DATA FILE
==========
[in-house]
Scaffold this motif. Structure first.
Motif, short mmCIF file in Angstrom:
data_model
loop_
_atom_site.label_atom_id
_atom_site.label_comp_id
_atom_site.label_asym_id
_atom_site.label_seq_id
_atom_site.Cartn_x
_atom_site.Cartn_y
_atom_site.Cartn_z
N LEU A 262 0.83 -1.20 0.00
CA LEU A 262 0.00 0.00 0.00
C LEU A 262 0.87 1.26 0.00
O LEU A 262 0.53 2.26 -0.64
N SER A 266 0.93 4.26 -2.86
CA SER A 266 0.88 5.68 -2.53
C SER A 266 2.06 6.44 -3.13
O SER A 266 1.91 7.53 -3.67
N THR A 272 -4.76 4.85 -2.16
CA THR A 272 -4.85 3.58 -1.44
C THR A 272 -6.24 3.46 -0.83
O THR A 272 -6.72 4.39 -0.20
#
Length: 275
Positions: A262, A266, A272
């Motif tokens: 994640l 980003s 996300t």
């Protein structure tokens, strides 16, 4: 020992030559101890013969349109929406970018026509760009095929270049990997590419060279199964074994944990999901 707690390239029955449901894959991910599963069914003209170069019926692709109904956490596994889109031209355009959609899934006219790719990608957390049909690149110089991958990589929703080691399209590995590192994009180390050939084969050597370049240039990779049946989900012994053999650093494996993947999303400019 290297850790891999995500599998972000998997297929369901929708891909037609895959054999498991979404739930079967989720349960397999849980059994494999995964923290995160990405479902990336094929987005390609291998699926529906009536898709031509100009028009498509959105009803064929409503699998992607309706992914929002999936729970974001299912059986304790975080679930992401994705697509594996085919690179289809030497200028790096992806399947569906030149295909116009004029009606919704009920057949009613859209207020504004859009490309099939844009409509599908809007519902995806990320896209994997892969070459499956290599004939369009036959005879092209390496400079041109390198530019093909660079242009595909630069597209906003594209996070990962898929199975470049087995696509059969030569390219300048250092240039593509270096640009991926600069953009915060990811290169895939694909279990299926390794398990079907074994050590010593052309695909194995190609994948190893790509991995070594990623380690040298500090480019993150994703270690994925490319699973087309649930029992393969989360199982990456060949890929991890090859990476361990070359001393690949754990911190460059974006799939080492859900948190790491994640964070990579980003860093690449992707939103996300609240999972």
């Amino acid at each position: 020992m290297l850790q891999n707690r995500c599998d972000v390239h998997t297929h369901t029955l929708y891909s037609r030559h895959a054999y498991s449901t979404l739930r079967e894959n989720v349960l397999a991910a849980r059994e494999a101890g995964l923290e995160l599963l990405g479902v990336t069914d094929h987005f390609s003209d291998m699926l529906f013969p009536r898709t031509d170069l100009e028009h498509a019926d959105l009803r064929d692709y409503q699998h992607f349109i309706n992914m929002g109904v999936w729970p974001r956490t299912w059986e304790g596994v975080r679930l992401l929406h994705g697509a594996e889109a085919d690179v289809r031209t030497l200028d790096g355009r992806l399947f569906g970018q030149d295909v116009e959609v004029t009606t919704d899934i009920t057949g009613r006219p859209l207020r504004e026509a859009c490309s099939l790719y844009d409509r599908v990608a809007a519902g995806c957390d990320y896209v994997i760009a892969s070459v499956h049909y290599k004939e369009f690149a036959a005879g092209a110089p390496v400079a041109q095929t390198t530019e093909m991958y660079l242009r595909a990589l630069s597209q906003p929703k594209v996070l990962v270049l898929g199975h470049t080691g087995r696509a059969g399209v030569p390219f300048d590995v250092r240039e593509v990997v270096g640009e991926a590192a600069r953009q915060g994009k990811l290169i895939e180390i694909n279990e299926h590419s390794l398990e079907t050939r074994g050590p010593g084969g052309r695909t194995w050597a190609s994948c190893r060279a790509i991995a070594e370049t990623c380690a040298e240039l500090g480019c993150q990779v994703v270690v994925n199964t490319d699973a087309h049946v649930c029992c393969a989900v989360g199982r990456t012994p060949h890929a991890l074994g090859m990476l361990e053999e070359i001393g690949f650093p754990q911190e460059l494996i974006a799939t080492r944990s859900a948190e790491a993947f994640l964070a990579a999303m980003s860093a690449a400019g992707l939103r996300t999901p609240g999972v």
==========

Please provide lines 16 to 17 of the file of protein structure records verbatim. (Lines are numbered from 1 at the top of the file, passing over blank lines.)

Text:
O LEU A 262 0.53 2.26 -0.64
N SER A 266 0.93 4.26 -2.86